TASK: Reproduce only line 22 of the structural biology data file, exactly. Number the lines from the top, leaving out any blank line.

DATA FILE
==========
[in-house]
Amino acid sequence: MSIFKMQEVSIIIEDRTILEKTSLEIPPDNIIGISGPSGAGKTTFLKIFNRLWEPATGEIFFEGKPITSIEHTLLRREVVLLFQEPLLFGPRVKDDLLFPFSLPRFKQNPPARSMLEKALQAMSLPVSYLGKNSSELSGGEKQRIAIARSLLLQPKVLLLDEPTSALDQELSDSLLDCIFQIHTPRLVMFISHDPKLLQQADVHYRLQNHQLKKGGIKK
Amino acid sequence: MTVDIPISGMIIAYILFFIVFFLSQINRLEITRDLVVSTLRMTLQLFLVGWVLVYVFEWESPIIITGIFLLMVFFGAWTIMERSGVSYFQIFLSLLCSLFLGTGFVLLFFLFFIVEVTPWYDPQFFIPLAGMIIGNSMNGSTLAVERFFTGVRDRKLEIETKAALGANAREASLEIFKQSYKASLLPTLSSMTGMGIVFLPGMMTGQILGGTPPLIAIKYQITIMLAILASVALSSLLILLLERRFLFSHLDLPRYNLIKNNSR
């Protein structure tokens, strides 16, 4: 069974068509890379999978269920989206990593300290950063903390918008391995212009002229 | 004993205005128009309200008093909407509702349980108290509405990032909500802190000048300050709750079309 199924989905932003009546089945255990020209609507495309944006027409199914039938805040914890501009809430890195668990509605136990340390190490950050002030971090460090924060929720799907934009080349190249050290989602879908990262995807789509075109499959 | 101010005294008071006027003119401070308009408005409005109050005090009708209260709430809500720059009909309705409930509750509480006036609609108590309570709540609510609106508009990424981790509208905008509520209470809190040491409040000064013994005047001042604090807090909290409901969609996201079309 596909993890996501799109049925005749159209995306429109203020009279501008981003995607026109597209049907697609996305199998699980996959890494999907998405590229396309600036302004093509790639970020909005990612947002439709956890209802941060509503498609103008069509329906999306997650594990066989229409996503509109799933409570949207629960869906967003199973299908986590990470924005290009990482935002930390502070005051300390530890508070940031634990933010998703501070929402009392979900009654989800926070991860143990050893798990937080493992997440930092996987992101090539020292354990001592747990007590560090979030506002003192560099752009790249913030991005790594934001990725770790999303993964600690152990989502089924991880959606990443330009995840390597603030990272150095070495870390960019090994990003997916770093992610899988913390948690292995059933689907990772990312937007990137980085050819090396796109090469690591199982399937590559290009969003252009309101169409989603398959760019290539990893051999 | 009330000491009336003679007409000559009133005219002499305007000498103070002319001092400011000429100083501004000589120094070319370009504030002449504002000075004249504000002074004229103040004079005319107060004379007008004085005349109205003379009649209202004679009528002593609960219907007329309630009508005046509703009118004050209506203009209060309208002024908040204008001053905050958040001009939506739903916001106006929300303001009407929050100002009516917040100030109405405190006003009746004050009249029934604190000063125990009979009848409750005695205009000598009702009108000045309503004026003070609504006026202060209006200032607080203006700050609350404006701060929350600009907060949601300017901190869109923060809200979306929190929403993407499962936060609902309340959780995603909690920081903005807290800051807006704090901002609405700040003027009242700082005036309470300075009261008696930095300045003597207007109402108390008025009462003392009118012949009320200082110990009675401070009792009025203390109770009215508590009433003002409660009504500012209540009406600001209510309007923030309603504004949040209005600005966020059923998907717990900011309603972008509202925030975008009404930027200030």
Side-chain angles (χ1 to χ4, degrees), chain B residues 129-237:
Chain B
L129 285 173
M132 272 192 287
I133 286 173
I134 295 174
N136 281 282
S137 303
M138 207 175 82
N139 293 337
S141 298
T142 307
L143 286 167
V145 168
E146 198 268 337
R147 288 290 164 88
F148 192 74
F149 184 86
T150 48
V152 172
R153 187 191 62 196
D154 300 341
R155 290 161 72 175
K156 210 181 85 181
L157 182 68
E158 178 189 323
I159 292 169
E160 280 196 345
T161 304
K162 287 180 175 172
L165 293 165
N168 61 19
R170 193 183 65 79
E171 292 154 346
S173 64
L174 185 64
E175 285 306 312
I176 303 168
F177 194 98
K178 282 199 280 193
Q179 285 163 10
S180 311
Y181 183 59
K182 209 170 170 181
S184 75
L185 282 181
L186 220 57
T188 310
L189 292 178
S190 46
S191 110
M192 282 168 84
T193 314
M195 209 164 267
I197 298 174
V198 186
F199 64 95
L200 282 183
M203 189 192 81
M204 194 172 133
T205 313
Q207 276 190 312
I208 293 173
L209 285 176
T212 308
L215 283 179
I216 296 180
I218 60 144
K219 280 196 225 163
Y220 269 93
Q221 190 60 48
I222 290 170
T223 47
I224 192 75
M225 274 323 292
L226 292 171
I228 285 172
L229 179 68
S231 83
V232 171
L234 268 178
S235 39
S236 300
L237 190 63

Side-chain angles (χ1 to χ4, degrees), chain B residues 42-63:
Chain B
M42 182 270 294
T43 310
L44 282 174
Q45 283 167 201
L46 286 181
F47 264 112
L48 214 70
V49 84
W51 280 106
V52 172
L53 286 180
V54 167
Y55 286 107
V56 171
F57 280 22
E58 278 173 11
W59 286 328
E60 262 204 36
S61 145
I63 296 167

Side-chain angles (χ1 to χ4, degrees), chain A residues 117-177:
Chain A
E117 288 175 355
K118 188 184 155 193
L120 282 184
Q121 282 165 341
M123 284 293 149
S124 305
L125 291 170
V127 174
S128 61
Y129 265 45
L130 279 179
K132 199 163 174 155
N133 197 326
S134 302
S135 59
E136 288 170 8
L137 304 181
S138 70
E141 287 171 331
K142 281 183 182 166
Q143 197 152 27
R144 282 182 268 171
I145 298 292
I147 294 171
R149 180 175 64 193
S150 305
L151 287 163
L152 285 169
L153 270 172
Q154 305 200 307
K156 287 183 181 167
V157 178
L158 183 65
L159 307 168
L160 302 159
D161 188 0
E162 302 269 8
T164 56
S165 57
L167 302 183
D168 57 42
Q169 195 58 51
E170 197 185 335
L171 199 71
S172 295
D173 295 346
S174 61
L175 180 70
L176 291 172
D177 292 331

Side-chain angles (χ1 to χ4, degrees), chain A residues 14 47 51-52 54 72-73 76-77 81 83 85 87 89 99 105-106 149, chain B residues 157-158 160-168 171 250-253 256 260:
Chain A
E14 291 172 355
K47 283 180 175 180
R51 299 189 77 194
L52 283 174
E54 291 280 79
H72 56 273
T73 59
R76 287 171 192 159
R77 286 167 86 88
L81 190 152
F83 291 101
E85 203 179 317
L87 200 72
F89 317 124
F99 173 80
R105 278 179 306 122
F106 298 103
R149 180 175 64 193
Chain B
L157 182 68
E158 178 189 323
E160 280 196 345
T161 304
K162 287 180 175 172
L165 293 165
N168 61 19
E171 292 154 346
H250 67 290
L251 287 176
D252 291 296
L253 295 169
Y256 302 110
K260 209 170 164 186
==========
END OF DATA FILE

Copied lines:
F149 184 86